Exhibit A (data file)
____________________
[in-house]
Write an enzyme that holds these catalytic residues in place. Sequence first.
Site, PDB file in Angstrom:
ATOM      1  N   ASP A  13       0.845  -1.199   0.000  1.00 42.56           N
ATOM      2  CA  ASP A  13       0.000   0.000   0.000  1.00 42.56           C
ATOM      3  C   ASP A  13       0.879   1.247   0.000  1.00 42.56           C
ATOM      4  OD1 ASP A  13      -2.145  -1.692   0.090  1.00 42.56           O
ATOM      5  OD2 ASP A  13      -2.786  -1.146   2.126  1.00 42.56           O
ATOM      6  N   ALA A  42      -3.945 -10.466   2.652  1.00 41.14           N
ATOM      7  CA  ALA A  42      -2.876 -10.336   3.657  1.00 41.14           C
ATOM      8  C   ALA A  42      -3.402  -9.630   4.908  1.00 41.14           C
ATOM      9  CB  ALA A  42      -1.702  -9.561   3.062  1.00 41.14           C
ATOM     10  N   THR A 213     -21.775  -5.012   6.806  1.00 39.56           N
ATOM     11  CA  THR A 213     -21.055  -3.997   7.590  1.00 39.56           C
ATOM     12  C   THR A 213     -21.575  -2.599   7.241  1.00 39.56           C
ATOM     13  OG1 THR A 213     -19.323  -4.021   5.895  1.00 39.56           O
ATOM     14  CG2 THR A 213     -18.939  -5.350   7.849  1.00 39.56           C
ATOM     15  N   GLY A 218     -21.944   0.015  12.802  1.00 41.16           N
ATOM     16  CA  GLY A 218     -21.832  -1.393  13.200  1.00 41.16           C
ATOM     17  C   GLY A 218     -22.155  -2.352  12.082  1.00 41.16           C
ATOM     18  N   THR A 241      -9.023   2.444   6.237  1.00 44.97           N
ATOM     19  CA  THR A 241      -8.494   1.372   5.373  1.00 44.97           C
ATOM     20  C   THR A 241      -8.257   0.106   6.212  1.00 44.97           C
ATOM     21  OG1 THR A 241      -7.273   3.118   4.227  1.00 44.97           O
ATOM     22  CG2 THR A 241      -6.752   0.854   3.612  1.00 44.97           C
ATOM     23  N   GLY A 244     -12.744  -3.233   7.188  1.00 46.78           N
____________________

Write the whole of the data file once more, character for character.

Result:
[in-house]
Write an enzyme that holds these catalytic residues in place. Sequence first.
Site, PDB file in Angstrom:
ATOM      1  N   ASP A  13       0.845  -1.199   0.000  1.00 42.56           N
ATOM      2  CA  ASP A  13       0.000   0.000   0.000  1.00 42.56           C
ATOM      3  C   ASP A  13       0.879   1.247   0.000  1.00 42.56           C
ATOM      4  OD1 ASP A  13      -2.145  -1.692   0.090  1.00 42.56           O
ATOM      5  OD2 ASP A  13      -2.786  -1.146   2.126  1.00 42.56           O
ATOM      6  N   ALA A  42      -3.945 -10.466   2.652  1.00 41.14           N
ATOM      7  CA  ALA A  42      -2.876 -10.336   3.657  1.00 41.14           C
ATOM      8  C   ALA A  42      -3.402  -9.630   4.908  1.00 41.14           C
ATOM      9  CB  ALA A  42      -1.702  -9.561   3.062  1.00 41.14           C
ATOM     10  N   THR A 213     -21.775  -5.012   6.806  1.00 39.56           N
ATOM     11  CA  THR A 213     -21.055  -3.997   7.590  1.00 39.56           C
ATOM     12  C   THR A 213     -21.575  -2.599   7.241  1.00 39.56           C
ATOM     13  OG1 THR A 213     -19.323  -4.021   5.895  1.00 39.56           O
ATOM     14  CG2 THR A 213     -18.939  -5.350   7.849  1.00 39.56           C
ATOM     15  N   GLY A 218     -21.944   0.015  12.802  1.00 41.16           N
ATOM     16  CA  GLY A 218     -21.832  -1.393  13.200  1.00 41.16           C
ATOM     17  C   GLY A 218     -22.155  -2.352  12.082  1.00 41.16           C
ATOM     18  N   THR A 241      -9.023   2.444   6.237  1.00 44.97           N
ATOM     19  CA  THR A 241      -8.494   1.372   5.373  1.00 44.97           C
ATOM     20  C   THR A 241      -8.257   0.106   6.212  1.00 44.97           C
ATOM     21  OG1 THR A 241      -7.273   3.118   4.227  1.00 44.97           O
ATOM     22  CG2 THR A 241      -6.752   0.854   3.612  1.00 44.97           C
ATOM     23  N   GLY A 244     -12.744  -3.233   7.188  1.00 46.78           N